Course Title: Plant Cell and Tissue Culture

Part A: Course Overview

Course Title: Plant Cell and Tissue Culture

Credit Points: 24.00


Course Code

Campus

Career

School

Learning Mode

Teaching Period(s)

ONPS2095

City Campus

Postgraduate

135H Applied Sciences

Face-to-Face

Sem 1 2009,
Sem 1 2010,
Sem 1 2011

Course Coordinator: A/Prof Eddie Pang

Course Coordinator Phone: +61 3 99257137

Course Coordinator Email: eddie.pang@rmit.edu.au

Course Coordinator Location: 223.01.70A

Course Coordinator Availability: By appointment, also Mon evenings


Pre-requisite Courses and Assumed Knowledge and Capabilities

No prerequisite courses. However, a knowledge of plant anatomy and physiology would be advantageous


Course Description

This course provides graduate-level knowledge of and expertise in animal and plant tissue culture theory and practice. This course has a vocational focus and introduces the student to the theory and practice of plant tissue culture and their role from modifying plants in plant biotechnology to the propagation of endangered plants and from modifying cell lines in biotechnology to the propagation of all lines for use in medical, microbiological and biochemical research. It prepares the students in particular for a career with plants, both in plant biotechnology and in environmental biotechnology. Students study media, sterilisation, explants, micro propagation, callus culture, organogenesis, embryogenesis, somatic variation, doubled haploids, interspecific hybrids, protoplast fusion and environmental conditions required. These are related to uses of tissue culture and compared with traditional techniques.


Objectives/Learning Outcomes/Capability Development

This course will develop the graduate capabilities of knowledge ability, comprehension and applications of plants in cell and tissue culture systems, and how cell and tissue culture contributes to global sustainability. It will also develop the practical skills and confidence of students to successfully culture plant cells and tissues.


By the end of the course, students should be able to:
• Explain the various components of plant tissue culture media, e.g. minerals, growth factors, hormones, and what governs the choice of components,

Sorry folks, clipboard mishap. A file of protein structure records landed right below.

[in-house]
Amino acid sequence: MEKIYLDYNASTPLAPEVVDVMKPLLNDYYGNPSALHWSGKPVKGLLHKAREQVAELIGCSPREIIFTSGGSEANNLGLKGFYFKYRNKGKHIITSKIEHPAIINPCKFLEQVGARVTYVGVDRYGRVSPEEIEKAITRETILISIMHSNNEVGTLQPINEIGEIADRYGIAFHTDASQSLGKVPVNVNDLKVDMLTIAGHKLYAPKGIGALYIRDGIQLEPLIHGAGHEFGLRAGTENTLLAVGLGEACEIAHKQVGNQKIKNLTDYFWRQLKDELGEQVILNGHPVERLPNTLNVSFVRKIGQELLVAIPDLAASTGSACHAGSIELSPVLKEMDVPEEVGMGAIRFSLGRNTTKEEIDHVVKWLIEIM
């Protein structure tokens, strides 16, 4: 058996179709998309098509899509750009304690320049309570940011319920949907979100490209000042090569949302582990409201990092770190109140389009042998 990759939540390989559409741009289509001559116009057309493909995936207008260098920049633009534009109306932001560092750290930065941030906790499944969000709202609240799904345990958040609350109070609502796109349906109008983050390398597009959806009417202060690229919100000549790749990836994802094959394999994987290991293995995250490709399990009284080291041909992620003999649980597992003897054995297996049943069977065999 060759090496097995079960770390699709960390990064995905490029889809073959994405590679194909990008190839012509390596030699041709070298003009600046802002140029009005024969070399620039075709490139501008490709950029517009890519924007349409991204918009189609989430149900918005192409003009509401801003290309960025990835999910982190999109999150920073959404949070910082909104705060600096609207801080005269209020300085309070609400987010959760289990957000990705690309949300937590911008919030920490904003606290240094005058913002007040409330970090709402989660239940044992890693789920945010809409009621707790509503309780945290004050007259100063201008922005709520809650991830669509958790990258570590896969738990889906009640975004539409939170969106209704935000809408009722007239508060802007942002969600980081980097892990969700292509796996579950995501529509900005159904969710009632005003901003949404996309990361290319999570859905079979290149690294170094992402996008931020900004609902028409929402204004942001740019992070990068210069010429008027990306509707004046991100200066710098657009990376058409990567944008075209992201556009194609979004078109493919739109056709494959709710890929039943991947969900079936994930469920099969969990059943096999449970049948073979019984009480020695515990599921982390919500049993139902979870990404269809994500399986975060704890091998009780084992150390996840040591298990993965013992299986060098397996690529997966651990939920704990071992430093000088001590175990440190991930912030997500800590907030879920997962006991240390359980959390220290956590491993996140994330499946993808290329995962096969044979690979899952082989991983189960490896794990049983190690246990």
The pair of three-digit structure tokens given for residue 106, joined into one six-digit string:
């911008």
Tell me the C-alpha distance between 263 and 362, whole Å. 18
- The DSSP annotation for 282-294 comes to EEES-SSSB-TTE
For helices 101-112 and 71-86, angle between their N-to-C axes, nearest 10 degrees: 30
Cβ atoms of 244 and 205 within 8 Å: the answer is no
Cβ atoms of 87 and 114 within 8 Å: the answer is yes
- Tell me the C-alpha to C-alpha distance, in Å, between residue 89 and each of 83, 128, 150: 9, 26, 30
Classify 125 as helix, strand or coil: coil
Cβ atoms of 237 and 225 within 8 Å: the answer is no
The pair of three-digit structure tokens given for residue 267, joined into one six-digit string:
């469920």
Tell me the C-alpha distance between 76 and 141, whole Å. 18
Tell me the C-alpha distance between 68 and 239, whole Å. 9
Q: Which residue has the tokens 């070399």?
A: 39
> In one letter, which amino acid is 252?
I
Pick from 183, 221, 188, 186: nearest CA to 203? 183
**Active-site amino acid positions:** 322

• Explain the various steps taken to establish and optimise media for particular purposes in particular species, without the aid of texts
• Explain and perform some of the more advanced techniques, e.g. embryo rescue, and protoplasting.
• Establish and maintain plants in tissue culture and micropropagation, including morphogenesis
• Investigate and define a protocol to establish an unknown species and test its response
• Explain the various cell lines used in tissue culture and their origins and uses


Overview of Learning Activities

The learning activities included in this course are:
• Attendance at lectures where syllabus material will be presented and explained, and the subject will be illustrated with demonstrations and examples; completion of tutorial questions and laboratory projects designed to give further practice in the application of theory and procedures, and to give feedback on student progress and understanding;
• Completion of written assignments consisting of numerical and other problems requiring an integrated understanding of the subject matter; and
• Private study, working through the course as presented in classes and learning materials, and gaining practice at solving conceptual and numerical problems.


Overview of Learning Resources

Students will be provided with lists of relevant texts, library resources (Including appropriate journals) and freely accessible Internet sites. Other material will be provided in class.
Students will be able to access course information and learning material through the Learning Hub.
Recommended texts for this course are:

Dixon, R.A., and Gonzalez, R.A. (Eds) (1995). Plant Cell Culture: a Practical Approach, 2nd edn. IRL Press at Oxford University Press, Oxford, UK.
Collin, H.A., Edwards, S.(1998). Plant Cell Culture. BIOS Scientific Publishers, Oxford, UK.


Overview of Assessment

Learning will be assessed by an end of semester examination, practical reports, poster presentation, and a seminar.

The breakdown of assessment is as follows:

Assessment                      Marks               Due Date
Theory examination          50%                 End of Semester
Practical reports                25%                 During semester
Tests (2)                               5%                  During semester
Poster presentation            5%                 Last 2 weeks of semester
Seminar                              15%                 Last 2 weeks of semester